In another exemplary embodiment, the sensor may include one or more suspension sensors 5500 of the vehicle 200. Suspension sensor 5500 may be configured to generate a signal that is responsive to the suspension of vehicle 200 with respect to the surface of road segment 5900 (or 5600). Processing unit 110 may receive signals from one or more suspension sensors 5500 of vehicle 200 as vehicle 200 moves along road segment 5900 (or 5600). For example, the processing unit 110 may receive information regarding the relative height of the vehicle 200 adjacent to each wheel based on the suspension sensor 5500 disposed adjacent to the wheel. The processing unit 110 may use this information to identify the road surface profile at the location of the vehicle 200. The road surface profile may provide information regarding the bank or slope of lane 5902 (or 5602) relative to the road center 5906 or right side 5908, for example. In some embodiments, the road surface profile may also identify bumps in the road segment 5900 (or 5600) based on signals from one or more suspension sensors 5500.

  Process 6000 may also include a step 6004 of identifying local features based on information received from a sensor (eg, imaging unit 110, one or more suspension sensors 5500, etc.). The local features may represent one or more aspects of the road segment at the current position 5628 or 5932 of the vehicle 200. For example, the local features may include at least one of a road width, a lane width, or a road surface profile at the current position 5932 of the vehicle 200. In some exemplary embodiments, local features may be based on data collected by processing unit 110 as the vehicle travels along a predetermined road model trajectory to current location 5932. In particular, based on the road width, lane width, road mark (dashed line) length, interval between adjacent road marks (dashed lines), and the like that are specified when the vehicle travels to the current position 5932, the processing unit 110 is configured as shown in FIG. As described above with respect to FIG. 58, a road width profile, a lane width profile, a dashed line length profile, a dashed line spacing profile, a second parameter value representing the curvature of the travel track 5914, and / or other parameters may be identified.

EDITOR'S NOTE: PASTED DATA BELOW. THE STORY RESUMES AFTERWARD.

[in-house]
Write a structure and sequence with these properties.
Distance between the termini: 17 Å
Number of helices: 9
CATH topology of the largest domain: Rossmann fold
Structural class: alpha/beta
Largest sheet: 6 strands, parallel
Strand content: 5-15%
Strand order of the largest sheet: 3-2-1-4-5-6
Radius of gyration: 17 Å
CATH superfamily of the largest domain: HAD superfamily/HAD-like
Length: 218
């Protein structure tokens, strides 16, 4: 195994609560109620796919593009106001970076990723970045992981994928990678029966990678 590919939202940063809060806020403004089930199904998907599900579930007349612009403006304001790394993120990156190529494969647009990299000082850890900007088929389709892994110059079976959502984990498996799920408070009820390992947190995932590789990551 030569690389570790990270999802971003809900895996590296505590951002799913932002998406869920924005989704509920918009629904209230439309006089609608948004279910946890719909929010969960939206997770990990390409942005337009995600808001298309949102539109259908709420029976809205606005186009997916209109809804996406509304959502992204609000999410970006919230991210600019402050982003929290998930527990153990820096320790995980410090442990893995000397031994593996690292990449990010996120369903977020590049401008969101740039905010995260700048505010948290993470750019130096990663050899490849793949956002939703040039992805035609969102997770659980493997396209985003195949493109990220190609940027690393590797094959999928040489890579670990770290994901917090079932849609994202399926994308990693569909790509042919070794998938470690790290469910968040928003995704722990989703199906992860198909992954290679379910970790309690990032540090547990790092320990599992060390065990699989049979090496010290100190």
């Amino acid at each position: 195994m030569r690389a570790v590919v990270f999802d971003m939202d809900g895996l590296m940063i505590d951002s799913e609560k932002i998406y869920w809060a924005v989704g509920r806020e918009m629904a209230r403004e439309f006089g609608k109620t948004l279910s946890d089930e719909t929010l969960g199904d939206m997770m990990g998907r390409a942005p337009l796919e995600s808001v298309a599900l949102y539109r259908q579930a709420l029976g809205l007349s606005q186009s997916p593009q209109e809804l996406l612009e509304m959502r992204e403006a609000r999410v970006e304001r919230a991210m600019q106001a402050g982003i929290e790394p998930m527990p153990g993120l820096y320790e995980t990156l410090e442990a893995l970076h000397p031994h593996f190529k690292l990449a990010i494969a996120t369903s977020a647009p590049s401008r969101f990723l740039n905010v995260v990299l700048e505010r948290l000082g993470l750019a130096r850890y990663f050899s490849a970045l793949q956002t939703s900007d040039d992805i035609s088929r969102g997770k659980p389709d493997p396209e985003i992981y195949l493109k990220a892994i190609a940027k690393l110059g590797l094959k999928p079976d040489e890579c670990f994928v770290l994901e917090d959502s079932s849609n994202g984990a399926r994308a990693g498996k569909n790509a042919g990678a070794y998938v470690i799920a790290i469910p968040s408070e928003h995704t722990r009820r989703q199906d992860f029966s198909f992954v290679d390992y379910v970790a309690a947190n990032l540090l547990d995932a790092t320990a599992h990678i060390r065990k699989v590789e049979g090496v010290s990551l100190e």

Process 6000 can include receiving 6006 a predetermined signature feature of road segment 5900. For example, the processing unit 110 may retrieve a predetermined signature feature from a database 160 stored in a memory 140, 150 associated with the vehicle 200 or from a database 160 located remotely from the vehicle 200. As described above with reference to FIGS. 56-59, the predetermined signature feature may include at least one of a road width, lane width, broken line length, broken line spacing, etc. at a predetermined position along a predetermined road model trajectory 5912. It may include one or more predetermined parameter values to represent. In some exemplary embodiments, the predetermined signature features include a road width profile over at least a portion of the road segment, a lane width profile over at least a portion of the road segment, a dashed line spacing profile over at least a portion of the road segment, a road A predetermined number of road marks along at least a portion of the segment, a road surface profile over at least a portion of the road segment, or a predetermined curvature associated with the road segment at various predetermined locations along a predetermined road model trajectory 5912 One or more of these may also be included. In some exemplary embodiments, processing unit 110 may retrieve a first set of parameter values that represent at least one predetermined signature feature of road segment 5900.

  Further, in some exemplary embodiments, the predetermined signature feature can start at a known location (eg, an intersection), the lane mark segment length and spacing are known, and the lane mark segment is counted. If so, the processing unit 110 may determine a location for the road from a known location. In some embodiments, a combination of known lengths of a particular segment (eg, usually near an intersection) is used as a predetermined signature feature, along with statistics on consistent segment length and spacing. You can also. Further, in some embodiments, the predetermined signature feature may include a combination of two respective features, such as a combination of lane mark sections and lampposts. In yet other embodiments, the predetermined signature feature may include a combination of GPS data (eg, rough location) and lane mark segmentation.